I haven't yet read the last couple of books in this series: while I was off doing other things Mma Makutsi changed her title and had a baby--pretty big doings. Still, time moves slowly in McCall Smith's Botswana, and one is able to jump into his books out of order without missing too much. This time out, Mma Ramotswe is asked to discover the identity of a woman with amnesia. She also concerns herself with the future of Charlie, her husband's girl-chasing apprentice mechanic. Meanwhile, Mma Makutsi is wading more fully into entrepreneurship by opening the café of the book's title: things don't quite go as planned. As always, it's a delight to spend some time in the company of Mma Ramotswe and her people. McCall Smith's writing is a simple joy, in the way that watching dust motes waft lazily in a shaft of summer sunlight is a joy. Life should have more such moments. And more such books. Fortunately, Mr. McCall Smith is a most prolific author.

Veronica Roth, Allegiant

I have finally finished this trilogy! This last one was sitting around a long time before I picked it up. It's not that there's anything wrong with it. I just never particularly cared about the characters, particularly the second-tier ones, and so I would completely forget what was going on between books. It was difficult to work up the enthusiasm, therefore, to open a new one. My twelve-year-old loved the books, though, and the movie, which I've yet to see.

Paul Alexander, Homicidal

I really wasn't impressed with this Kindle Single. Singles are supposed to be "compelling ideas expressed at their natural length." This is a good description, and in my experience Singles do tend to be well told stories, whether they're fiction or nonfiction. Alexander's account of a string of murders in Los Angeles, the work of the so-called Grim Sleeper, starts well, with the arrest of the killer while his shocked neighbors look on. But it quickly becomes a string of repetitious descriptions of murders, with names of the dead and of law enforcement officers blending together. I have no idea how many murders were committed, or whether all of the murders mentioned in the book were the work of the one killer. The author hasn't honed his story into a readable whole. Worse than that, it comes as a shock in the last couple chapters when you realize that the man arrested for the crimes has yet to go on trial! The author never spells this out. His verbs just suddenly change to the future tense when he's talking about the trial. Failing to make the status of the case perfectly clear to the reader is, I think, really unforgivable.

September 2014: Book notices

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Joel Dicker, The Truth about the Harry Quebert Affair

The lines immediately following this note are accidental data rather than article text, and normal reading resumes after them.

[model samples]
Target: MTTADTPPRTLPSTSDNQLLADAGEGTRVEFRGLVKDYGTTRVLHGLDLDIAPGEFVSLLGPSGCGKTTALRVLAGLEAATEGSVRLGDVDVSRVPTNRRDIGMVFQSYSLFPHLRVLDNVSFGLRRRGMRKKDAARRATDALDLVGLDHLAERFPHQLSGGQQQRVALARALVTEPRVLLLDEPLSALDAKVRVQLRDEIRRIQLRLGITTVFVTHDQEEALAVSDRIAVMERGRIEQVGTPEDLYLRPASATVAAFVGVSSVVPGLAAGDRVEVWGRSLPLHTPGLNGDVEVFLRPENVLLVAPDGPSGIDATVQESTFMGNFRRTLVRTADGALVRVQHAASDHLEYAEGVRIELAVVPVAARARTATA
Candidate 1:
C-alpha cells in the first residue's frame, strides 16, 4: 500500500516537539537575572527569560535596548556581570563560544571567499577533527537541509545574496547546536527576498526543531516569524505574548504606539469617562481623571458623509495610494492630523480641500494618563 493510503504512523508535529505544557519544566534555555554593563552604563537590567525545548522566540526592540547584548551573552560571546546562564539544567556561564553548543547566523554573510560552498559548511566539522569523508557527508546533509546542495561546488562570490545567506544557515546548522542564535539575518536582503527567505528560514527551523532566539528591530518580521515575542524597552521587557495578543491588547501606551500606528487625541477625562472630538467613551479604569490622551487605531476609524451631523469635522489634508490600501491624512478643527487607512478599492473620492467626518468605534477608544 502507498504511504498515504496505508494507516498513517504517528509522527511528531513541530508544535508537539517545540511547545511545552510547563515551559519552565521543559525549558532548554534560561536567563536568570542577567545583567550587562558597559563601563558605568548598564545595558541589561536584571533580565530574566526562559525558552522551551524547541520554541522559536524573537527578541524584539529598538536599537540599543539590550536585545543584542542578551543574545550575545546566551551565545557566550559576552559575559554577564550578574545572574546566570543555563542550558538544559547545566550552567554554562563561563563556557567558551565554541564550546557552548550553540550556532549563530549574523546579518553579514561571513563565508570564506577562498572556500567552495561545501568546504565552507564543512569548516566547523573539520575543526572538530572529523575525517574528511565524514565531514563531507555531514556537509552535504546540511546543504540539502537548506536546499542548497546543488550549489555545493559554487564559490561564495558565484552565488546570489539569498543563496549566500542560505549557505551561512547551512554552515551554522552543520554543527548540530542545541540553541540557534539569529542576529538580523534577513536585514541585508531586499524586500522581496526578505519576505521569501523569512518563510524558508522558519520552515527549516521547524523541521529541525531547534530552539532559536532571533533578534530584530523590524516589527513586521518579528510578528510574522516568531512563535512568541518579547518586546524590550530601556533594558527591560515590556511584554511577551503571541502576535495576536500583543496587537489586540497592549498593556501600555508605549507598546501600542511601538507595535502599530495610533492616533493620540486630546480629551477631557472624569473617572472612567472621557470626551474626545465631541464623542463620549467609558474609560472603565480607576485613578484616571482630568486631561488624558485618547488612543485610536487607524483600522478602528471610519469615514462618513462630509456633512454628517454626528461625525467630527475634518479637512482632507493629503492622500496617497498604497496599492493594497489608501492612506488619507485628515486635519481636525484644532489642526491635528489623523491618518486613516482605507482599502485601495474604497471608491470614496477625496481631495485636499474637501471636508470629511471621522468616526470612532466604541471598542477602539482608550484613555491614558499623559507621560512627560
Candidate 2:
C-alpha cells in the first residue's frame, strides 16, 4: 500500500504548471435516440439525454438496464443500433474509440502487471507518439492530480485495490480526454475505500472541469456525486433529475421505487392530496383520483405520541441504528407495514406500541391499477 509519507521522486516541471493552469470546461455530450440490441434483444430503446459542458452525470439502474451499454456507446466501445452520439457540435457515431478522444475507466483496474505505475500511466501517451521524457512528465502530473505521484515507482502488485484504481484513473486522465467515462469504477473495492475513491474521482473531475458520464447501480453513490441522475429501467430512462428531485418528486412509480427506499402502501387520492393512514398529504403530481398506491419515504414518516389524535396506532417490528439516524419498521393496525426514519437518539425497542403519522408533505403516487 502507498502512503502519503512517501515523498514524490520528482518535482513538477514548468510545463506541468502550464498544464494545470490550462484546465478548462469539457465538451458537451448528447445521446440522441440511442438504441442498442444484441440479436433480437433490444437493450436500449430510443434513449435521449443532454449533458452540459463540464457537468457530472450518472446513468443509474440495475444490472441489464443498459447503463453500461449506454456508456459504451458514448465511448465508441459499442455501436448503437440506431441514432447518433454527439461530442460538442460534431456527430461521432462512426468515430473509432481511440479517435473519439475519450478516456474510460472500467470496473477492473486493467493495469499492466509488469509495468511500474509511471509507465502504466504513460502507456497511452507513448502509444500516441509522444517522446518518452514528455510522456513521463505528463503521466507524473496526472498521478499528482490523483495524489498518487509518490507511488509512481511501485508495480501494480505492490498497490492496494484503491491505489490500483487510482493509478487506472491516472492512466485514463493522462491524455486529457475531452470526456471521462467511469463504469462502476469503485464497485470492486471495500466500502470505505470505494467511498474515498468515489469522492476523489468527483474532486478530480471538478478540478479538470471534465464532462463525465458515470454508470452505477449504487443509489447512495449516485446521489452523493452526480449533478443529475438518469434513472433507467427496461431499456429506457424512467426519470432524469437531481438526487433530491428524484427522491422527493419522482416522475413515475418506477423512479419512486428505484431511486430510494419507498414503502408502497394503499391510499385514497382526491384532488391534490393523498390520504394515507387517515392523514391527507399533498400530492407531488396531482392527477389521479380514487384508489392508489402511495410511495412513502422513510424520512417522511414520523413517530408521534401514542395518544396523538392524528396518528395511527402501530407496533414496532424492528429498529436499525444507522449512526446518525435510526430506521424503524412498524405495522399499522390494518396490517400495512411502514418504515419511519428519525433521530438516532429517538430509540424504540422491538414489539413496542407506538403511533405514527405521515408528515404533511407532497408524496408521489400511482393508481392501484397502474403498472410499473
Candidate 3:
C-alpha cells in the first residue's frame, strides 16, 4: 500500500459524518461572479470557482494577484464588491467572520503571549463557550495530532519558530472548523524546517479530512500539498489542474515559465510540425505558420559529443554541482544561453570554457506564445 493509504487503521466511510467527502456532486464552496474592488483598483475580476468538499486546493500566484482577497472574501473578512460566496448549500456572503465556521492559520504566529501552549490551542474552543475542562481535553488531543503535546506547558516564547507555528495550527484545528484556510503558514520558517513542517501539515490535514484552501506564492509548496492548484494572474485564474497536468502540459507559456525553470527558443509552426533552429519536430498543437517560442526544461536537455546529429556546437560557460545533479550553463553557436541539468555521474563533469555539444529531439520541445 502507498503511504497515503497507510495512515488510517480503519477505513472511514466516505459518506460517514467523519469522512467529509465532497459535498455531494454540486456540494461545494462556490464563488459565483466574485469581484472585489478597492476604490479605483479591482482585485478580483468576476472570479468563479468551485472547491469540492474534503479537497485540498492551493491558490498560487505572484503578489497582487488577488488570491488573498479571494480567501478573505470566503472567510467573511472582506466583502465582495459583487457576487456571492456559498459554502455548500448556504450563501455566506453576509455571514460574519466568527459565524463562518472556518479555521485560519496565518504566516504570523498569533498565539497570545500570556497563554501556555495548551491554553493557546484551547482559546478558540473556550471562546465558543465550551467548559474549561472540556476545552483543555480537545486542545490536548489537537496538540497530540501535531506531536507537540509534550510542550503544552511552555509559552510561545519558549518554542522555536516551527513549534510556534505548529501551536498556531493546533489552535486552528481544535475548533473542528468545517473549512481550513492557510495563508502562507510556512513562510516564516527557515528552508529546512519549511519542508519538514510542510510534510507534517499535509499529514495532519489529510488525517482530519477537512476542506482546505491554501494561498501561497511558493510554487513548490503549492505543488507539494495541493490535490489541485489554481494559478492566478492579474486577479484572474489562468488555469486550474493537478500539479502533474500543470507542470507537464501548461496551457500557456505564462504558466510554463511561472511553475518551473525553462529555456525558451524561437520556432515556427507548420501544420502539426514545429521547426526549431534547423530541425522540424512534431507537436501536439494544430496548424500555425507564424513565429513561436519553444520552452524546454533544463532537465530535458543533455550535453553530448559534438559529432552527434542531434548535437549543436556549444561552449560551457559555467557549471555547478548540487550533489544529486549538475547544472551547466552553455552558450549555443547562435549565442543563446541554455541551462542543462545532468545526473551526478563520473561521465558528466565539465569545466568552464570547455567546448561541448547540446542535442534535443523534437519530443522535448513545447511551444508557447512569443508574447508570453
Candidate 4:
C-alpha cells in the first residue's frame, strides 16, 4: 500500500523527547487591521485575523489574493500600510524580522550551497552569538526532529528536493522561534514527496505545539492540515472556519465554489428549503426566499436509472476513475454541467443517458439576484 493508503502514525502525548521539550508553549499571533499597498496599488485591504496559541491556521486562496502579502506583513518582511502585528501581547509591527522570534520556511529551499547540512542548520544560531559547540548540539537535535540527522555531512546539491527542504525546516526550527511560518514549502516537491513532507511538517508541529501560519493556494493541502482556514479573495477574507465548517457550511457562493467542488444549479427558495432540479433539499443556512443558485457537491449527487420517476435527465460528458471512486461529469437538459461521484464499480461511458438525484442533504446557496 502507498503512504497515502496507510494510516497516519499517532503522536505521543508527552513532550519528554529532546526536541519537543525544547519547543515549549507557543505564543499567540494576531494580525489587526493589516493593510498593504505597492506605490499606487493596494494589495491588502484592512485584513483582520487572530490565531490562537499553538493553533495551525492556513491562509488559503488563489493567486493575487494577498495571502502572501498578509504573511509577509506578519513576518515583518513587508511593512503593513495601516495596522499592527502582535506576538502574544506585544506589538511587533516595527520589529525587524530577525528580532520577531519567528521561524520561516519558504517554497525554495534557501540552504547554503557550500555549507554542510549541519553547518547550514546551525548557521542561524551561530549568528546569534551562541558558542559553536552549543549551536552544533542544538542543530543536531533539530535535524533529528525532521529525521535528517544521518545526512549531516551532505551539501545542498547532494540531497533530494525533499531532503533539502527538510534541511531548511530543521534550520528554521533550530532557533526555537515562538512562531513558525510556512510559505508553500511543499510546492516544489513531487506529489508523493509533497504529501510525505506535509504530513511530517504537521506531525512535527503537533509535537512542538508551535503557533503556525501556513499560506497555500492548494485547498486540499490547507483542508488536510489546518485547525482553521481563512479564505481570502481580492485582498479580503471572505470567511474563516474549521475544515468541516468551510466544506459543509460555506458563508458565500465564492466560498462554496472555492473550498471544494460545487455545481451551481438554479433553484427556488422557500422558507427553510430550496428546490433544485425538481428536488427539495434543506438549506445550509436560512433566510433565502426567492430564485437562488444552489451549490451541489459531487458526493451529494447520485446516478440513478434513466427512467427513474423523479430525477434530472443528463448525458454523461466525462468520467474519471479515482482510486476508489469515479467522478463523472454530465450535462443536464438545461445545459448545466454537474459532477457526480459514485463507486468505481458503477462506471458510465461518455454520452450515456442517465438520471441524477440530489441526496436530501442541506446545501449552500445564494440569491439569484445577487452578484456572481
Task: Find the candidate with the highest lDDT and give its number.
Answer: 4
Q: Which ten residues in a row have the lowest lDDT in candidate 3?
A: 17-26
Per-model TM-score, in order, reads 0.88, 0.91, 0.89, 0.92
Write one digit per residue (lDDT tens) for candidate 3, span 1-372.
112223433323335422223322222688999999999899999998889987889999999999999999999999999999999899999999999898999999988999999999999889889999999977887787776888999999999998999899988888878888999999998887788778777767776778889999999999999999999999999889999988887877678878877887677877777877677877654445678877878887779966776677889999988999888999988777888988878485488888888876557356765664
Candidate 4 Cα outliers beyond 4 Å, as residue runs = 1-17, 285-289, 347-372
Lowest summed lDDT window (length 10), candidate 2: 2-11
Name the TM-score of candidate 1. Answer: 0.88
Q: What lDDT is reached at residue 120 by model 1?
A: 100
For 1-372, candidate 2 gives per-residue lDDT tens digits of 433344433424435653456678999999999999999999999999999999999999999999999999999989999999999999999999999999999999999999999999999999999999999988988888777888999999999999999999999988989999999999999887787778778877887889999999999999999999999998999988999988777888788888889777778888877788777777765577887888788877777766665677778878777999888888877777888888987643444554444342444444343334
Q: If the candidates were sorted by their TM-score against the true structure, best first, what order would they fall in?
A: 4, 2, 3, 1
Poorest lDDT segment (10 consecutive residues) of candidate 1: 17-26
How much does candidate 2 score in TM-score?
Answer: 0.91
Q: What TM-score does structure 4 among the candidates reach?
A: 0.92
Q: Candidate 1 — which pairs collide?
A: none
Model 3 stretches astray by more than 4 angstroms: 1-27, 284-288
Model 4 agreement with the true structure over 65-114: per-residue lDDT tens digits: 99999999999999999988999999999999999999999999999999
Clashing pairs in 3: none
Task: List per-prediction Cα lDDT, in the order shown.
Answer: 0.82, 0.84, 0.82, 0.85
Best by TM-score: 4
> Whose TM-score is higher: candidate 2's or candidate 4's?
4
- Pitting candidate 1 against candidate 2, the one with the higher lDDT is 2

Joel Dicker's much ballyhooed The Truth about the Harry Quebert Affair is a very long book. Reading it, one has a lot of time to think about whether jumping into a 650-odd page tome was a good idea. I'm still not sure. There was a lot I didn't like about it. A litany of complaints: I'm pretty sure a lot of the book could have been lopped off to good effect. I found much of the story implausible. The too-precious chapter openings--in which Harry gives Marcus advice about writing--are often nauseating. Marcus' mother--a minor character, thank you, Jesus--is a ludicrous caricature of a Jewish mother. Everyone was supposed to love the fifteen-year-old Nola--whose disappearance in 1975 is the book's great mystery--but the persona she presented to people, as described in the book, was not particularly likable in my opinion. And the book within a book, Harry Quebert's alleged masterpiece, well, it reads like schlock in the snippets that punctuate this book. Towards the end, my interest in the story increased as we finally found out whodunit. And there is indeed a decent mystery buried in these pages. But there are so many twists and turns in the last couple chapters that I wound up not really caring by the end of it what had really happened to Nola.

Shane Kuhn, The Intern's Handbook

Well this was a fun read. Shane Kuhn's The Intern's Handbook purports to be a text written by an unusually successful assassin for the benefit of new recruits at his organization. At 25, he's about to retire from the biz. He's been working since he was a kid for a company that inserts assassins, posing as interns, into business settings to get access to high-profile targets. Anyway, there's a lot of assassin-y advice, and we hear about the principal's tortured past, and the story winds up having unexpected twists that work pretty well. Our narrator's tone and jokes and movie references get a little tiresome, but it's not unbearable. Not the height of literature, perhaps, but reasonably enjoyable.

About the blogger: Debra is the mother of two preternaturally attractive girls and the author of a number of books about ancient Greece, including Trying Neaira: The True Story of a Courtesan's Scandalous Life in Ancient Greece. She writes and blogs from her subterranean lair in North Haven, CT. Read more.